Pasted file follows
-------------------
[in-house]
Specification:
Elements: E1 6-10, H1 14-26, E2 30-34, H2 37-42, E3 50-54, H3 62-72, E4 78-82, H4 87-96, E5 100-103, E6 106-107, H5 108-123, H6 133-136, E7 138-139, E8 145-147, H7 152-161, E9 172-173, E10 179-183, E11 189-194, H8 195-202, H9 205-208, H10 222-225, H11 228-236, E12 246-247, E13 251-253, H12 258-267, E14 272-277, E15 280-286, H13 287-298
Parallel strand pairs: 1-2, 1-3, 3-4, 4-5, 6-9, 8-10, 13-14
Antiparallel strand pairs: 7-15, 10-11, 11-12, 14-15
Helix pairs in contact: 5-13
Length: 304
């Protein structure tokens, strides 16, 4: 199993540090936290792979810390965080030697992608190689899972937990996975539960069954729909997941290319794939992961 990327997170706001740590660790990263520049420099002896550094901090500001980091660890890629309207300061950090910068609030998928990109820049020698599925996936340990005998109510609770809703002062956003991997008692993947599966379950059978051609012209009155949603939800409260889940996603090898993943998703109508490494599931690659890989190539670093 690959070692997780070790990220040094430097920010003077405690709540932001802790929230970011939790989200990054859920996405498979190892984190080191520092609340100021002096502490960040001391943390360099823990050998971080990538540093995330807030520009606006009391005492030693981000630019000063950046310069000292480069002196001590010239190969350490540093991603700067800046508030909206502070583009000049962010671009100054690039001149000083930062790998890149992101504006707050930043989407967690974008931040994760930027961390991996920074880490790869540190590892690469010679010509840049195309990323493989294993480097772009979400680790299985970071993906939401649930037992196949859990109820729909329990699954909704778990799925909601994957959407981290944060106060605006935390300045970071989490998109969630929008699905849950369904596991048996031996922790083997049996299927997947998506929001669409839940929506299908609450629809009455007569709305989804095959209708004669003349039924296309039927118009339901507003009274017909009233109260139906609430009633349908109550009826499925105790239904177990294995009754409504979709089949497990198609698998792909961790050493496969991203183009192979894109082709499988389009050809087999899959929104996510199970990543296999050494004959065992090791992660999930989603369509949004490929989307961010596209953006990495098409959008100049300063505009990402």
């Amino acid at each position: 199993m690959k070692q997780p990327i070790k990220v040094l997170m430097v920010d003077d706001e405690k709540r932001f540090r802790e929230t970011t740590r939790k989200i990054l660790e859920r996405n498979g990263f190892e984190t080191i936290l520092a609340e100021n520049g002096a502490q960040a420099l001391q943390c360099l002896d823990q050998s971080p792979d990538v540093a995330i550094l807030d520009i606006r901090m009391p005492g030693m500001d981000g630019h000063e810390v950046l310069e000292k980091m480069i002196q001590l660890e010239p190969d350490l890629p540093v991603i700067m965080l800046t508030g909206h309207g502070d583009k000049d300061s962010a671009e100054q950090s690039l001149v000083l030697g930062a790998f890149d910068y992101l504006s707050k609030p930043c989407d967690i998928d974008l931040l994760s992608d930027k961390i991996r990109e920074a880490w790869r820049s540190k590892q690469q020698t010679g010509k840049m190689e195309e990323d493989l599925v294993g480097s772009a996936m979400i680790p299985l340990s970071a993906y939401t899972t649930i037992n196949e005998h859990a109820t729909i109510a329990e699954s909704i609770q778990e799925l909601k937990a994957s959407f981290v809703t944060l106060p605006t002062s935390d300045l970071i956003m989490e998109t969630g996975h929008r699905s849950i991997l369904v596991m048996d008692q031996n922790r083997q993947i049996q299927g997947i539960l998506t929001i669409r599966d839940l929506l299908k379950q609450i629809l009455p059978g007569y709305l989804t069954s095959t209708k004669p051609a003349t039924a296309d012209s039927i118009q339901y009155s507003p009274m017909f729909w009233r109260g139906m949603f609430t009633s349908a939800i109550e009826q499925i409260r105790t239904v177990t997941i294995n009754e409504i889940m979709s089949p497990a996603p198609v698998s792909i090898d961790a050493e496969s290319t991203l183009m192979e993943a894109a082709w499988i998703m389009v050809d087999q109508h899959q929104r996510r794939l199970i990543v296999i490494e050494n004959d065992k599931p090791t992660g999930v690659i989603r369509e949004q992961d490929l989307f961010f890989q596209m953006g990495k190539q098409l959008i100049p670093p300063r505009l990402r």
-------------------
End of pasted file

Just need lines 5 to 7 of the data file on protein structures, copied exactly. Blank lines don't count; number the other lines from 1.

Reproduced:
Antiparallel strand pairs: 7-15, 10-11, 11-12, 14-15
Helix pairs in contact: 5-13
Length: 304